Yesterday, lawyer and activist Maker Mayek responded to Sunday Night‘s widely criticised “African gangs” coverage, and Crikey readers were quick to offer next steps. Is a Channel 7 boycott the answer? Elsewhere, no one was surprised to see Boris Johnson slink away from Brexit. Was that his plan from the start?

On Channel 7’s “African gangs” narrative

Marcus Hicks writes: In every decade, the racist media has sought to drum up fear of the “ethnic gang de jour”. In the ’60s and ’70s it was Greeks and Italians. In the ’80s and ’90s it was Asians. In the ’00s and ’10s it’s Muslims and Africans. Of course each such beat-up was based on zero facts, massive misrepresentation, massive hysteria and blatant racism.

Meanwhile, we have senior members of the Liberal Party consorting with people that have links to organised crime. Oh, and how can we forget the acts of violence against women and children, recently, that have been committed by Caucasians.

Penny writes: Channel 7 is a disgrace. They have no respect for the truth and sensationalise all the time, for ratings. They just don’t seem to care what damage they do. I don’t watch Channel 7 but will be asking anyone I know who does to consider changing channels, and boycotting. The advertisers will only be there when the viewers are, so a boycott has power.

Irfan Yusuf writes: You’re angry and you have every right to be. I think the time has come to boycott those companies that choose to advertise with racist media outlets. Find out who advertised during that show and spread the word that these businesses are now subject to a boycott. These people have no sense of morality. They imagine themselves to be above the law. But they do understand their hip pocket.


On Boris’ Brexit mess

Nudiefish writes: The thing is, any idiot could have predicted (and mostly did) that Brexit would be a dead cat from the very first moment it was suggested. That the UK could ignore the flipping obvious and take it to a vote was the shock — and every day since has been a genuine popcorn series.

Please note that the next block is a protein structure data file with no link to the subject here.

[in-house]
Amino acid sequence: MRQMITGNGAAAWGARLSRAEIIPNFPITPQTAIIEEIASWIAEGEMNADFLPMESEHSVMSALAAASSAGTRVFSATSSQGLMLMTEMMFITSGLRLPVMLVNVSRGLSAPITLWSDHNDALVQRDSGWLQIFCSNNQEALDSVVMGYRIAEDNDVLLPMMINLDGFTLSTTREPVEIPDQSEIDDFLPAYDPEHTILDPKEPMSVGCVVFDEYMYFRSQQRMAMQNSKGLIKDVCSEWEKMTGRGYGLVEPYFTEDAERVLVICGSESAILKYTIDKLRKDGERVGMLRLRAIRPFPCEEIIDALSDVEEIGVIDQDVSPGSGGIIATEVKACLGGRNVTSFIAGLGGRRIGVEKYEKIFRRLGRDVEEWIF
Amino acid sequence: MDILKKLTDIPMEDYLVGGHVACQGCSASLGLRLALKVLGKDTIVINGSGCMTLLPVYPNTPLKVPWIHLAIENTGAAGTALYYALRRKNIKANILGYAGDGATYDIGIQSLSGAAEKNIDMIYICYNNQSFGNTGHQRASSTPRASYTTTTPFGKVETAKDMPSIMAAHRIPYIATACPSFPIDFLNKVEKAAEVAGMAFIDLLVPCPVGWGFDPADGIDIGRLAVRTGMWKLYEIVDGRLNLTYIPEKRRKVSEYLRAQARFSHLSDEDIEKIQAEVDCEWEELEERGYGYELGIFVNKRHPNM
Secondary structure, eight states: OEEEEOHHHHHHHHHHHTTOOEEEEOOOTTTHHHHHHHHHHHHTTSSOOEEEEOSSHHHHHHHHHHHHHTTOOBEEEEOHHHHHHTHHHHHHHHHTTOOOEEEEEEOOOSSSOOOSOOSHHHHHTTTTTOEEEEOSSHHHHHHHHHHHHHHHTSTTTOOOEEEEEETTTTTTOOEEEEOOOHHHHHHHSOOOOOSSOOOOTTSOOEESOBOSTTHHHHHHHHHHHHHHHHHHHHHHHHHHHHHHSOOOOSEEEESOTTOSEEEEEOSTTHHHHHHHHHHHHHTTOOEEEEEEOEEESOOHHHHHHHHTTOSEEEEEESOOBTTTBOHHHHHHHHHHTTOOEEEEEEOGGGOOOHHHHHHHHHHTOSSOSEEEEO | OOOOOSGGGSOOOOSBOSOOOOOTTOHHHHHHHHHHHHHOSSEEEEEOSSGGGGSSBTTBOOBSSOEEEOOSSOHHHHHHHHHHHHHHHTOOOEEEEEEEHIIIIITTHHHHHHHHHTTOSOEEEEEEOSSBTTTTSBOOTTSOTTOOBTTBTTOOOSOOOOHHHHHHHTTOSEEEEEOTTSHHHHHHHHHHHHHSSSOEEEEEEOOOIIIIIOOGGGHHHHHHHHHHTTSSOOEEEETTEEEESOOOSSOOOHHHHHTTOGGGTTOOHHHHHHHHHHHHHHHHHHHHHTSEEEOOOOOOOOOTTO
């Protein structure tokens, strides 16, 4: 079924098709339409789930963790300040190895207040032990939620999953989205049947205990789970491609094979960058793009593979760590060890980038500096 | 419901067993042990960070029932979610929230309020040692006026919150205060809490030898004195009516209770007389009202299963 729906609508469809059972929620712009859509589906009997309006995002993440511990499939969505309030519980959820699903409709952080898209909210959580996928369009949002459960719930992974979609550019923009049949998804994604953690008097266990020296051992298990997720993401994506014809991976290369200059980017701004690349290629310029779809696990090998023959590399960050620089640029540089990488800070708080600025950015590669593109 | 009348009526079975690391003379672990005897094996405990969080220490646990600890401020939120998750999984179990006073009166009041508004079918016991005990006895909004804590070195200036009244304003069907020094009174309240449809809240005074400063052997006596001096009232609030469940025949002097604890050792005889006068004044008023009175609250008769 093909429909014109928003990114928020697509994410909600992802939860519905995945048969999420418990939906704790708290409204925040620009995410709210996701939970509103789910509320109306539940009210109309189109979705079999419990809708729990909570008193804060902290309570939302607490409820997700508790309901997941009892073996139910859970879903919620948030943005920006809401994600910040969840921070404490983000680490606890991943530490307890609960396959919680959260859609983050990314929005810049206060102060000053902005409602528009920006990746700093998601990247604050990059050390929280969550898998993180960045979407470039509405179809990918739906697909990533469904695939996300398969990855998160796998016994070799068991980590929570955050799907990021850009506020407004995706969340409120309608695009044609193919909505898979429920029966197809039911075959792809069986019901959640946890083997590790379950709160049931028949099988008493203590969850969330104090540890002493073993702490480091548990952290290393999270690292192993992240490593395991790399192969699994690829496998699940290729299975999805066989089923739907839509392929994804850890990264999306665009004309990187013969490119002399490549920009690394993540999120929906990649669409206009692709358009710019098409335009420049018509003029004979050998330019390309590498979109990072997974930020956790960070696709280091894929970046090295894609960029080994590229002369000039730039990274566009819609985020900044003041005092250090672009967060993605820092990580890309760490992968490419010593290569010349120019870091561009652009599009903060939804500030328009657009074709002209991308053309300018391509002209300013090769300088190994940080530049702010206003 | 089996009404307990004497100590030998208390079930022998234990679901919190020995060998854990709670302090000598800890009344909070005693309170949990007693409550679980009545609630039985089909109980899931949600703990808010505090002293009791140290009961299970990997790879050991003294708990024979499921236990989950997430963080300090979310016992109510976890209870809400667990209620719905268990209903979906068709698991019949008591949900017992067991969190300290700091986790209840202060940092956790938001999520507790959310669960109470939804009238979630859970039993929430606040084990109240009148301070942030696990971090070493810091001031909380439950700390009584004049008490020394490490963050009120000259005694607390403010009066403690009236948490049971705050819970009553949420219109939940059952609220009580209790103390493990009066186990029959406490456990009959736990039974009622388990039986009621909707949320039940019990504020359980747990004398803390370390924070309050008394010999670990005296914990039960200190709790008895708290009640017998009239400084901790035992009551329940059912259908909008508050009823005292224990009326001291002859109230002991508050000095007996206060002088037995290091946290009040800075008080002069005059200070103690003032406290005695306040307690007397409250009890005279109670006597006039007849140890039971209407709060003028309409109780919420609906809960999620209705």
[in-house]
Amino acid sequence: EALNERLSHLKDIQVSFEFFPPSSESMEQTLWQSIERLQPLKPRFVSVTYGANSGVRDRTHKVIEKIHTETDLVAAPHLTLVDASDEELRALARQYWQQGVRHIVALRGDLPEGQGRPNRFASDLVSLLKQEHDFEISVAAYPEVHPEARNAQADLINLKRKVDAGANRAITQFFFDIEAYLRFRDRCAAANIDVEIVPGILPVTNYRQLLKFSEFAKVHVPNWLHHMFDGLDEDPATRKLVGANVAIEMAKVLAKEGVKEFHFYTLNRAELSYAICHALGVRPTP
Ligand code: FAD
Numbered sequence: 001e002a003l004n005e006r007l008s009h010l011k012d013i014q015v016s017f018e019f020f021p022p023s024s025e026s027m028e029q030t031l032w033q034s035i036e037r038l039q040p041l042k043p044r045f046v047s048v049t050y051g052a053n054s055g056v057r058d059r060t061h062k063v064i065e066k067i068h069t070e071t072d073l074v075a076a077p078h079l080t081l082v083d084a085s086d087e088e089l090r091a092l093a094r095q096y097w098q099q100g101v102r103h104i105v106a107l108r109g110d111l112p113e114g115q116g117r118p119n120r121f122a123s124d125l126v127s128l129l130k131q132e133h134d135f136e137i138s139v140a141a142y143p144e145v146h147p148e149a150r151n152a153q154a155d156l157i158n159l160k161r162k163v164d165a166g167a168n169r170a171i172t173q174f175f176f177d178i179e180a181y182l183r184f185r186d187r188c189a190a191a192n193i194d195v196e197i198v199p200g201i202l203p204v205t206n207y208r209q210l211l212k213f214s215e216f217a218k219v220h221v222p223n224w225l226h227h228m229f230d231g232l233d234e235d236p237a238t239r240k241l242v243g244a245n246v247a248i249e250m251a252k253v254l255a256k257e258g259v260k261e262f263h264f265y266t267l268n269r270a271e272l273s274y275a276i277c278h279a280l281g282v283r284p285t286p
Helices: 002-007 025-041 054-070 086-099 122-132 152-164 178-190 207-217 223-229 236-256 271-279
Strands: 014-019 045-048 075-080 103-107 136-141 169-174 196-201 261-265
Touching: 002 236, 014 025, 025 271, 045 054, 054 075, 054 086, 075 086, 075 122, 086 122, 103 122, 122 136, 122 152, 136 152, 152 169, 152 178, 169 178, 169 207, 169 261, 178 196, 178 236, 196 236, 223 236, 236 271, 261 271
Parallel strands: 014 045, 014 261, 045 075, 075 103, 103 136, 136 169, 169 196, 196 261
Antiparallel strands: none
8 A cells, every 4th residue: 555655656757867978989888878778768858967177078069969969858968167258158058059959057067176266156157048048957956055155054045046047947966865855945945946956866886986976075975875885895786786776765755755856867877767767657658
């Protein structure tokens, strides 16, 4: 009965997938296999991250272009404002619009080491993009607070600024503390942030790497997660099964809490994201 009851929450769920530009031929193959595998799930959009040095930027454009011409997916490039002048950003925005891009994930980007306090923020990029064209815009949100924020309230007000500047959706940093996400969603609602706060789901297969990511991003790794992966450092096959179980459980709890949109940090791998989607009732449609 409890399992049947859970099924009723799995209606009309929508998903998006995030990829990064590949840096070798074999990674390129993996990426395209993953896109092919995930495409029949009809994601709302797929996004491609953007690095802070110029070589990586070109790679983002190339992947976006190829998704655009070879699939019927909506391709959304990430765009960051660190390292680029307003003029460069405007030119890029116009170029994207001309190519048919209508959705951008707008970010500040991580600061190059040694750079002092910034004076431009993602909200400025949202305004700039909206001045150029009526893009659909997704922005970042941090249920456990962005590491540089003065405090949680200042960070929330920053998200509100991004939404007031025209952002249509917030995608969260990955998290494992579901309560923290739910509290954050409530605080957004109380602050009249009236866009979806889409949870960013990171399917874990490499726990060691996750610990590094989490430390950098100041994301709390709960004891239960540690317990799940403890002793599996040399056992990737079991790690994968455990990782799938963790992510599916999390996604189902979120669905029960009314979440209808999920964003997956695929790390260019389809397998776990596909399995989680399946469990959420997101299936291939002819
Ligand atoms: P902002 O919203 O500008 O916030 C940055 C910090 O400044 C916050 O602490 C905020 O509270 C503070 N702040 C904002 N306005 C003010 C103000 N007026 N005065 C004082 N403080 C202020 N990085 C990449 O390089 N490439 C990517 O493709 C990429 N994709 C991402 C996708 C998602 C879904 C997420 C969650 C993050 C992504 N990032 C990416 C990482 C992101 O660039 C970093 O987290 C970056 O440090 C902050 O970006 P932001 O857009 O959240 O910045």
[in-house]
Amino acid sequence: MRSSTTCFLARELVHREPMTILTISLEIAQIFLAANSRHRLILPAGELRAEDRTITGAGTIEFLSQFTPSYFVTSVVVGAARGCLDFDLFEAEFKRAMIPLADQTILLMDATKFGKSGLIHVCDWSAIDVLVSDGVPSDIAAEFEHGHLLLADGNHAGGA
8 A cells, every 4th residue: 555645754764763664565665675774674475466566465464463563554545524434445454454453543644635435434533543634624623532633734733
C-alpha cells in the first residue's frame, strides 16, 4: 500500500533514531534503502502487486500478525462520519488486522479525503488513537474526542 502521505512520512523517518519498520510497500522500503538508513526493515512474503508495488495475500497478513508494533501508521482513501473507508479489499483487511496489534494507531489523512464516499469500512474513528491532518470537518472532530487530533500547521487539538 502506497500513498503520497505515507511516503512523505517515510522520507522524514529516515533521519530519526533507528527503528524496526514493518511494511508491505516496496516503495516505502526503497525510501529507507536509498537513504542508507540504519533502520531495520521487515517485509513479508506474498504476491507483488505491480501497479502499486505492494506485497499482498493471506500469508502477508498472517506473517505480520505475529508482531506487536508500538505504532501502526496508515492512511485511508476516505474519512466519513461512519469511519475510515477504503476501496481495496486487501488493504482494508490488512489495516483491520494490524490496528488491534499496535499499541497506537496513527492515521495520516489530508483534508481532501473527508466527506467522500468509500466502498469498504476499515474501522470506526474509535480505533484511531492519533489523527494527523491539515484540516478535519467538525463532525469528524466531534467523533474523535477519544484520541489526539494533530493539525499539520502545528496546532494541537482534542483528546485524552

This thing will end badly, and will the Brexiters accept responsibility for having polled the entire edifice upon the country’s head? Unlikely.

Ian G writes: These people (Davis and Johnson etc) are only spoilers. Resigning now means they can snipe and spoil from outside cabinet. When the wildly exaggerated benefits they promoted to win the Brexit vote do not materialise (because they were never going to) they will simply now claim it was not their fault.

Klewso writes: I still wonder if Johnson didn’t come out in support of Brexit thinking it would fail at the ballot, but enhancing his image as some sort of “loveable, affable, harmless, bumbling dreamer” — outside establishment politics.


And finally: a comment on a comment

David Leyonhjelm writes: Crikey published a letter to the editor (Dog’s Breakfast,  July 10) where the correspondent doesn’t see any interest from me in libertarian issues like the criminalisation of drug-taking or government spying on our internet chat. Yet I am the only politician in the country who has prepared and introduced legislation to legalise cannabis.

I also opposed the government’s data retention laws and moved amendments to limit their impact, including by better protecting the data of journalists, limiting the agencies that can get access to data, limiting the period of time that data is retained, and imposing a sunset clause. These efforts against the war on drugs and the encroaching police state reflect long-standing policies of the Liberal Democrats. It seems some people just want to hate and won’t let the facts get in the way.

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